But what she doesn’t seem to grasp, both in her tweets and subsequent essay, is that the cisgender female experience will never be erased. Trangender people make up less than one percent of the population. To welcome trans women into the discussion does not erase the experiences of cis gender women. Just as some white people are seemingly threatened by increased racial equality, somehow equating it with black supremacy as they defensively tweet "All Lives Matter", JK undoubtedly presents her own type of privileged denial: cis woman fragility. It also remains that inclusivity does not involve erasure: transgender women experience many of the same issues as cis women, including violence and intimidation on the streets, and domestic abuse. Seemingly, biology has little to do with the oppression of women. 

Not only is the sentiment of her obviously transphobic Tweets vile to say the least, but the language and phrases she uses are equally as sickening. Defending her ideals, she proclaims "I know and love trans people." It is astounding that she failed to recognise the weight of such a phrase that has been used as a defence of racism for years: "but I have plenty of Black  friends." The extent of her insensitivity is unbelievable. This is only more evident as she declares "it isn't hate speech to speak the truth." Is this not the same reasoning that has allowed eugenicists to defend and promote white supremacy for years? 

In amongst this rant, Rowling somehow managed to victimise herself. In response to a tweet that calls her a TERF (trans exclusionary radical feminist) she replies "‘Feminazi’, ‘TERF’, ‘bitch’, ‘witch’. Times change. Woman-hate is eternal." She presents herself as the victim of a sexist slur. But TERF is not a slur. It is a description of the ideological position she has taken. Each year, hundreds of transgender people are murdered, the majority of whom are Black  trans women. While cis white women are indeed the subject of sexism and misogyny, to pose as the victim when you are openly inviting discrimination towards one of the most brutalised group in society is truly abhorrent.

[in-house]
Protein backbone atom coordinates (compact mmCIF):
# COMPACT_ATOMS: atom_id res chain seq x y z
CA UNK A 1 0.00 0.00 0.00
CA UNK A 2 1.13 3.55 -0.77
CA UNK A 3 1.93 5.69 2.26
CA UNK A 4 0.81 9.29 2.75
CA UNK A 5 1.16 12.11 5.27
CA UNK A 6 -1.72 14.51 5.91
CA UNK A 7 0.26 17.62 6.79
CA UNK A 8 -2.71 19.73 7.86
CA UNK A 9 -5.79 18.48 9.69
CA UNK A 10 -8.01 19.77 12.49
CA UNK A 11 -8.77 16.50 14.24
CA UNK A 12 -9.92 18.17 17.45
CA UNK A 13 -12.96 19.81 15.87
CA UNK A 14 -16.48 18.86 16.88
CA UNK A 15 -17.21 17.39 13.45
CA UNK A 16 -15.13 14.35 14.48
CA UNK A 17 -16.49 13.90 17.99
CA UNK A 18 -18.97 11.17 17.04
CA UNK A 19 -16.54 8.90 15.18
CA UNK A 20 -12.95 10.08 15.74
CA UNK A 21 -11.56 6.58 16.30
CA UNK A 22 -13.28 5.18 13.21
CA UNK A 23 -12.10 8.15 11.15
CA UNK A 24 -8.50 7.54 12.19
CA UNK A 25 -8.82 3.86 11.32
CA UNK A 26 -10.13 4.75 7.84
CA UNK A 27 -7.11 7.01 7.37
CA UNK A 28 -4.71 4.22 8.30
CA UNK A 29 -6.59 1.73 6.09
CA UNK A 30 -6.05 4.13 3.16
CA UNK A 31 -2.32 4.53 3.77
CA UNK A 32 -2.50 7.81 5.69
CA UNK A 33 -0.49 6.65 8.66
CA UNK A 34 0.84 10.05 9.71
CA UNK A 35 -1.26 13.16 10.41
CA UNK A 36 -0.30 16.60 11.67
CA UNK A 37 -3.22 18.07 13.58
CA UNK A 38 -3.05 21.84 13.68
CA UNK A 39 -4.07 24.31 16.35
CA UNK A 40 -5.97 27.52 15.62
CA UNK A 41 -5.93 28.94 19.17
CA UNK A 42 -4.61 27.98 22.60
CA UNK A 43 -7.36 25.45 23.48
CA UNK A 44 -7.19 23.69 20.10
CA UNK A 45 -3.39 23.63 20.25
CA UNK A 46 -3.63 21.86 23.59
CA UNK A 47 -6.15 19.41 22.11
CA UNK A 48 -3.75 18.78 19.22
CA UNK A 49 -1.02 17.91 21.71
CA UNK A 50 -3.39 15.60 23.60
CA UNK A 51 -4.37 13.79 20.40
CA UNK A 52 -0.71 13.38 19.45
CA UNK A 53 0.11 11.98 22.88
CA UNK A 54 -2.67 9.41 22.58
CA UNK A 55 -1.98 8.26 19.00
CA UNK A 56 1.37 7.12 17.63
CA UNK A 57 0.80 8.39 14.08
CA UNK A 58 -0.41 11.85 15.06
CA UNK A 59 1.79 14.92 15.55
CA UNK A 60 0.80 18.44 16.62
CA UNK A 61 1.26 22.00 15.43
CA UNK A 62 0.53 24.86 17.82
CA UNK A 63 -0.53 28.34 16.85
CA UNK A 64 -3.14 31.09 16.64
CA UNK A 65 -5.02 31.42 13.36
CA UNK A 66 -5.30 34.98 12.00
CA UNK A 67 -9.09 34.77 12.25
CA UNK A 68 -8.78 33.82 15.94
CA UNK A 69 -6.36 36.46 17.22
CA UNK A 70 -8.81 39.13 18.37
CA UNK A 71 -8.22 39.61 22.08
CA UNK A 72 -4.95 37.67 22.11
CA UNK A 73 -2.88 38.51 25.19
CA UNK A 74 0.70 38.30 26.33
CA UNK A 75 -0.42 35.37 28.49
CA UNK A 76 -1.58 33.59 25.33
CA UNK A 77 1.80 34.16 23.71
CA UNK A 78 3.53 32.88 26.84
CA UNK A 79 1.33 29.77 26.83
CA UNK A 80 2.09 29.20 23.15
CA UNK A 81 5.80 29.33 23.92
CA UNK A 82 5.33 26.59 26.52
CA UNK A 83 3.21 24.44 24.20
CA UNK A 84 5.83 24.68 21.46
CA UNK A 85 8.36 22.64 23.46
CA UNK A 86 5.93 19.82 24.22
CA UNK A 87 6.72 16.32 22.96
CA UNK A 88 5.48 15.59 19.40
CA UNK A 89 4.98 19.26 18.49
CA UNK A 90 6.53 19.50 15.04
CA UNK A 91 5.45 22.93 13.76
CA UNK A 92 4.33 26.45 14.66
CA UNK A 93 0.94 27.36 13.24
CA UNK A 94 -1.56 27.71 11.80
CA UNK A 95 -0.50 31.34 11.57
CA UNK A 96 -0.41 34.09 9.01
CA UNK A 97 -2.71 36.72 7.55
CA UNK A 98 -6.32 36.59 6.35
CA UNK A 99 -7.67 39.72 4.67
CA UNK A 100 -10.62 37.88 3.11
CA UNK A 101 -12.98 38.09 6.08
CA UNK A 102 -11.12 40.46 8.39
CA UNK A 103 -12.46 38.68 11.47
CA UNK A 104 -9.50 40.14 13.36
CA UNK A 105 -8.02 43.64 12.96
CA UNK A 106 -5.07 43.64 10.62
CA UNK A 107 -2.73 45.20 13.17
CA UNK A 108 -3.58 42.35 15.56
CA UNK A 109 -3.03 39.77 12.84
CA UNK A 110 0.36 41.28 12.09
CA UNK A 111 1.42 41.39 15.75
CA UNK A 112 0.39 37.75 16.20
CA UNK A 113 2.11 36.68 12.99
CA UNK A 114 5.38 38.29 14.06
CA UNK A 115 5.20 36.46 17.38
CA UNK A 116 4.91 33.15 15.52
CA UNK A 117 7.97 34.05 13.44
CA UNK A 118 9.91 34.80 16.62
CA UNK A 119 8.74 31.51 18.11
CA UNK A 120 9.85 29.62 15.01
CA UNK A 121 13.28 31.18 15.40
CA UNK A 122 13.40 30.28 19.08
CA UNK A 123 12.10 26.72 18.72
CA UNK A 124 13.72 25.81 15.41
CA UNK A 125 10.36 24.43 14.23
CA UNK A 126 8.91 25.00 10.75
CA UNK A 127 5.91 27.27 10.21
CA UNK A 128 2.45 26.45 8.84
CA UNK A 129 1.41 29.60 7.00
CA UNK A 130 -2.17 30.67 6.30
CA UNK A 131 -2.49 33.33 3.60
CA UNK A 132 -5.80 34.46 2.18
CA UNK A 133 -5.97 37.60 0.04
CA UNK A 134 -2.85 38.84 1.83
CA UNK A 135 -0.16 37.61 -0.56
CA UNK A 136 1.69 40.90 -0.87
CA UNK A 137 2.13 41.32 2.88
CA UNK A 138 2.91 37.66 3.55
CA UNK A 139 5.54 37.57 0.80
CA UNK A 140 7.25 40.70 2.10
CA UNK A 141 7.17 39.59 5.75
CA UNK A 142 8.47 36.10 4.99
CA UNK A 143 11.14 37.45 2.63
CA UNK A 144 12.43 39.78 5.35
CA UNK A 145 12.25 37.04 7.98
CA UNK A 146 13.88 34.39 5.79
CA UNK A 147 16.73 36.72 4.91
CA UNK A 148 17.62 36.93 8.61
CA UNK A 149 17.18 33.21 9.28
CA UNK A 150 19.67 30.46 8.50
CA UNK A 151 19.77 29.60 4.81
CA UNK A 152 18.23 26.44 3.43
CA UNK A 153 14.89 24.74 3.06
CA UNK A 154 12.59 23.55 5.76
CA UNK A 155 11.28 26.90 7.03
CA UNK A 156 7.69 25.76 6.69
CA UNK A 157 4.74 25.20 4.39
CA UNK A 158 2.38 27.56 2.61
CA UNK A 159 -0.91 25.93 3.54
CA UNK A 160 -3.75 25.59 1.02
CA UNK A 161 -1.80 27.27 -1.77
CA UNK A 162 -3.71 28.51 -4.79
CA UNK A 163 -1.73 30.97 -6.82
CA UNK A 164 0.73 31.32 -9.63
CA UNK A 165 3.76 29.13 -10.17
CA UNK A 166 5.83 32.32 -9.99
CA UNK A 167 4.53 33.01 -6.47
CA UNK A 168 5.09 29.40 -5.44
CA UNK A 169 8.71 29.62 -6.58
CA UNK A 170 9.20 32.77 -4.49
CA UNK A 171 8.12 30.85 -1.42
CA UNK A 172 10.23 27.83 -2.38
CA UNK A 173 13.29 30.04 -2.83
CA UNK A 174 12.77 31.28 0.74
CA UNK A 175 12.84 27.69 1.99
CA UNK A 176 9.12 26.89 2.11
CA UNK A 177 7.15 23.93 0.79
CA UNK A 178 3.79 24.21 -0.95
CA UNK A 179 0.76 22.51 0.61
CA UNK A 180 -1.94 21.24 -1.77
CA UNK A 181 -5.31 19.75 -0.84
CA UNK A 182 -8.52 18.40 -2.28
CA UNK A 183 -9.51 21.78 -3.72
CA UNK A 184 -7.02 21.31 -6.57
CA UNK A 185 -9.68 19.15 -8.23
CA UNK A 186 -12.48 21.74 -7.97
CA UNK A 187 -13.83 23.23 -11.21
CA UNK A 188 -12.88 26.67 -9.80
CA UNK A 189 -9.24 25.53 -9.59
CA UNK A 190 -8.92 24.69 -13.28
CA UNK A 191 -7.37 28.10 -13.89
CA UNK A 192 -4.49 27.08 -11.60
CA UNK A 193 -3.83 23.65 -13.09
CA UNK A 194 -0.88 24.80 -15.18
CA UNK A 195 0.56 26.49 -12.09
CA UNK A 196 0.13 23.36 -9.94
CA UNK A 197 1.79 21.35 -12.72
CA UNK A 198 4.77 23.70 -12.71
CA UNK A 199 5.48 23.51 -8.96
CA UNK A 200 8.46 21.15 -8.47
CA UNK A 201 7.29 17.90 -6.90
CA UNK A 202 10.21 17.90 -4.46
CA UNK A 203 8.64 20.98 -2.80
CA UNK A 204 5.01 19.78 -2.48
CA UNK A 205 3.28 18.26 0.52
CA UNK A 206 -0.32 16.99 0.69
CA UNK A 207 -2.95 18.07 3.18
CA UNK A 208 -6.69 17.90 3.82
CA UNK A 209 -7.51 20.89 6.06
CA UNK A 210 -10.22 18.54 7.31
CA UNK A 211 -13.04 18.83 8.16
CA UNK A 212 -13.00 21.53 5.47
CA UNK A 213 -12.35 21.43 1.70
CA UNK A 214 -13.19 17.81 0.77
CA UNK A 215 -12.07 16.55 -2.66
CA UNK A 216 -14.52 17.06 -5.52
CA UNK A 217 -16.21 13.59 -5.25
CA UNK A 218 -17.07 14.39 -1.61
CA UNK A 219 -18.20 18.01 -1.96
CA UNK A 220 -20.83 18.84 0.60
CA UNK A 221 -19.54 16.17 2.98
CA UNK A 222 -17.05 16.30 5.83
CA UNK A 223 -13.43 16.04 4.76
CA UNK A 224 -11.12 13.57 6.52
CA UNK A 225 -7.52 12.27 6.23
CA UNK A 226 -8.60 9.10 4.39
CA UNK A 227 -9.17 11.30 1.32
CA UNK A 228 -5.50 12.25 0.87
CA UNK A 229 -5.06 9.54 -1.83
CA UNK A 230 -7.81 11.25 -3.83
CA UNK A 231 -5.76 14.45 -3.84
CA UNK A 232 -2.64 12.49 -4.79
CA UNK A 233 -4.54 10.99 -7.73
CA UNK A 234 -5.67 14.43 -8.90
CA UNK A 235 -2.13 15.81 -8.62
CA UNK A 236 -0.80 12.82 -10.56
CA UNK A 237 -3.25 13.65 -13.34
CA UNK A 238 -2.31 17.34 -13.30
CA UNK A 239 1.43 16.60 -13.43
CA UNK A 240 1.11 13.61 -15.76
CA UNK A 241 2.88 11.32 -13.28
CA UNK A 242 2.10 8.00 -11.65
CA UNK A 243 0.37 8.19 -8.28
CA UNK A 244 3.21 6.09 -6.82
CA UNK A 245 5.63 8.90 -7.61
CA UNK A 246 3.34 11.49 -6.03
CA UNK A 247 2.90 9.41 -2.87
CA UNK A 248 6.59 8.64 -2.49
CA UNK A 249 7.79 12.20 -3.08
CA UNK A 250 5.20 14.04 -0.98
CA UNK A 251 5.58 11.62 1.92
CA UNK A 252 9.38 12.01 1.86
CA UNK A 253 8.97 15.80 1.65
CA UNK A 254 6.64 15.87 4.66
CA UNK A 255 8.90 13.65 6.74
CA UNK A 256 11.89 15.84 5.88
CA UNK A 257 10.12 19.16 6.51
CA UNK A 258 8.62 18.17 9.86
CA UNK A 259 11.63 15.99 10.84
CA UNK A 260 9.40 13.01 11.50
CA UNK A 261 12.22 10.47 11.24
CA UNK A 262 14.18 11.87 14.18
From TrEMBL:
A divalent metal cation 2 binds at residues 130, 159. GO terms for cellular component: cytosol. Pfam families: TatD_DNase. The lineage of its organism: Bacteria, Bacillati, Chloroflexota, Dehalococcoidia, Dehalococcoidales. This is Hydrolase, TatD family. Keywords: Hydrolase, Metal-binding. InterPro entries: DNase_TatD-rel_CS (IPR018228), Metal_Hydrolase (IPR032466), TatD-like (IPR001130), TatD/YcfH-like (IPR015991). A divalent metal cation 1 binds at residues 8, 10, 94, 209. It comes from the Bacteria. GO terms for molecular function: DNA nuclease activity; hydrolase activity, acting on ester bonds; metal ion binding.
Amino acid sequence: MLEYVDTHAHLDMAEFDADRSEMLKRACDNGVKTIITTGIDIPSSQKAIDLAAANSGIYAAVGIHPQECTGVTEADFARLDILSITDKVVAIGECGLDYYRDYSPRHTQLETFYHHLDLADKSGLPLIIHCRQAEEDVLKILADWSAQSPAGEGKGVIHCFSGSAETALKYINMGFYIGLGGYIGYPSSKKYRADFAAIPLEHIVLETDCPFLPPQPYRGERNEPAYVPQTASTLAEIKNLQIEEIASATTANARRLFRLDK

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In recent years, despite her acclaim, minority communities have pointed out Rowling's failures in her so-called open-minded brand. For example, fans have highlighted the lack of diversity in the Harry Potter series, as it is apparent that in the whole of Hogwarts, there are a handful of black and brown characters. The name "Cho Chang", one of Harry's girlfriends, has been widely criticised as stereotypical and racist, along with the fact that POC characters seem only shoehorned into the franchise to aid the character development of the white protagonists. Rowling has also been criticised for antisemitism, in drawing on stereotypes of Jews in her creation of the house elves, incidentally creatures whose slave status is defended through their 'enjoyment' of slavery. 

Ultimately, to openly berate a marginalised group and to use one's power to insight hate is unacceptable. As an immensely powerful and influential woman, Rowling's responsibility is to materially support those  who don't share her privilege. Not trample all over them. In a week in which much of the world has been mobilised into action to fight for a better world, a kinder world, a more equal world, JK Rowling should strive to do the same.